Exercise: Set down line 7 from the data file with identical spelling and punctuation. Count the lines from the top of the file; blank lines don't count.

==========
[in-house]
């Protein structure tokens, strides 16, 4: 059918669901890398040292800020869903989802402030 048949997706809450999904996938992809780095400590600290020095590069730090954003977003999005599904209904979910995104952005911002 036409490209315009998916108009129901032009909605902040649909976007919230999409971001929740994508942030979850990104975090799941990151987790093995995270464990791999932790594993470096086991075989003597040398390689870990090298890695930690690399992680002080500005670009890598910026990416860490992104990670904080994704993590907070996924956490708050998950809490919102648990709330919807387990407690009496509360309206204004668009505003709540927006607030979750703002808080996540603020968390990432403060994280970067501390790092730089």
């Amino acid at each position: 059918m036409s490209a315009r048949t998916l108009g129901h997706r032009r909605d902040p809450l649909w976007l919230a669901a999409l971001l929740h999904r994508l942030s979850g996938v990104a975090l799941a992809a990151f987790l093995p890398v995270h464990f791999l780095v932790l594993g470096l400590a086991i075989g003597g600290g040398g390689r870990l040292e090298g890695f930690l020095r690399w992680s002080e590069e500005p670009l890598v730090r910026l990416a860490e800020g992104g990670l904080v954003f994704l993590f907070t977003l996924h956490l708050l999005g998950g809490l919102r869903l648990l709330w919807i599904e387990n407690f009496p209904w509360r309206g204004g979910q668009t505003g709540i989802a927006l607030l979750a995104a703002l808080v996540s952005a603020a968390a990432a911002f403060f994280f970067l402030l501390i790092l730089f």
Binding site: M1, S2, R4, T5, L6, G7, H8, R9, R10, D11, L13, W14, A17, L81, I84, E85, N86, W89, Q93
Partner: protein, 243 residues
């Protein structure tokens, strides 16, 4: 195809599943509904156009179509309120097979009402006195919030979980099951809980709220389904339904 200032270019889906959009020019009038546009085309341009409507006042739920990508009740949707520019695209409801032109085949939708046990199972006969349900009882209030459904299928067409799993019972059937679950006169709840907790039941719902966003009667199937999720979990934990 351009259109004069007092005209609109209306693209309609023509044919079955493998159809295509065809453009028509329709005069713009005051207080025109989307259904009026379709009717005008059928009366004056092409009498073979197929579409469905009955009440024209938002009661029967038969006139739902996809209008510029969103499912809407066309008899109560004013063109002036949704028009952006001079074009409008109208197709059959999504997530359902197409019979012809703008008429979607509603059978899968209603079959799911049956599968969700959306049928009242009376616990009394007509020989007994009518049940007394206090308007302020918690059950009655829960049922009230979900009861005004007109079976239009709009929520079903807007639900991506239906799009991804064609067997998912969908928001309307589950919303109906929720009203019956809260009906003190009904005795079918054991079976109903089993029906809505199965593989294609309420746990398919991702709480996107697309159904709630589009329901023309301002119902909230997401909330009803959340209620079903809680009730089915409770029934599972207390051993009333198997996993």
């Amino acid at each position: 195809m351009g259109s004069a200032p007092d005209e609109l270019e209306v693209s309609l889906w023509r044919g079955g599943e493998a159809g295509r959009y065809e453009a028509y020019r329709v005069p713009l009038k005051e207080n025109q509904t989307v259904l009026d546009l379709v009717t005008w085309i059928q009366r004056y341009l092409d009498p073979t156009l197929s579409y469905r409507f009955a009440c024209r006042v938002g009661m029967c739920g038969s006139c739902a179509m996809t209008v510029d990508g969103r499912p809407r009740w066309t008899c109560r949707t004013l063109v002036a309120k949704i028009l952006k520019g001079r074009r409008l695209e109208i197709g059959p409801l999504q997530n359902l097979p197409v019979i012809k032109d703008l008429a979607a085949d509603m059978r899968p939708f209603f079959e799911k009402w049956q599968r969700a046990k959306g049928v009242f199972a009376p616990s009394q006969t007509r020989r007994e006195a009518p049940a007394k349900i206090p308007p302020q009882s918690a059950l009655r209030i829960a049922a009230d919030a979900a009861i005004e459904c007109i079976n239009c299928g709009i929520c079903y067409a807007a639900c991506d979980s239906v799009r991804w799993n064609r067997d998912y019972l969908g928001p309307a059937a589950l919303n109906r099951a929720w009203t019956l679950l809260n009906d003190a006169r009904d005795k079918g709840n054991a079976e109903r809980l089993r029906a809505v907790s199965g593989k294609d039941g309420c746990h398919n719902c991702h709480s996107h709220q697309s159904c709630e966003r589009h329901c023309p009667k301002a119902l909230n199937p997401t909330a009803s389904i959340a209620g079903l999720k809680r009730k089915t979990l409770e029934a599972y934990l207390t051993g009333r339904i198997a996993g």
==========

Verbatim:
């Amino acid at each position: 195809m351009g259109s004069a200032p007092d005209e609109l270019e209306v693209s309609l889906w023509r044919g079955g599943e493998a159809g295509r959009y065809e453009a028509y020019r329709v005069p713009l009038k005051e207080n025109q509904t989307v259904l009026d546009l379709v009717t005008w085309i059928q009366r004056y341009l092409d009498p073979t156009l197929s579409y469905r409507f009955a009440c024209r006042v938002g009661m029967c739920g038969s006139c739902a179509m996809t209008v510029d990508g969103r499912p809407r009740w066309t008899c109560r949707t004013l063109v002036a309120k949704i028009l952006k520019g001079r074009r409008l695209e109208i197709g059959p409801l999504q997530n359902l097979p197409v019979i012809k032109d703008l008429a979607a085949d509603m059978r899968p939708f209603f079959e799911k009402w049956q599968r969700a046990k959306g049928v009242f199972a009376p616990s009394q006969t007509r020989r007994e006195a009518p049940a007394k349900i206090p308007p302020q009882s918690a059950l009655r209030i829960a049922a009230d919030a979900a009861i005004e459904c007109i079976n239009c299928g709009i929520c079903y067409a807007a639900c991506d979980s239906v799009r991804w799993n064609r067997d998912y019972l969908g928001p309307a059937a589950l919303n109906r099951a929720w009203t019956l679950l809260n009906d003190a006169r009904d005795k079918g709840n054991a079976e109903r809980l089993r029906a809505v907790s199965g593989k294609d039941g309420c746990h398919n719902c991702h709480s996107h709220q697309s159904c709630e966003r589009h329901c023309p009667k301002a119902l909230n199937p997401t909330a009803s389904i959340a209620g079903l999720k809680r009730k089915t979990l409770e029934a599972y934990l207390t051993g009333r339904i198997a996993g």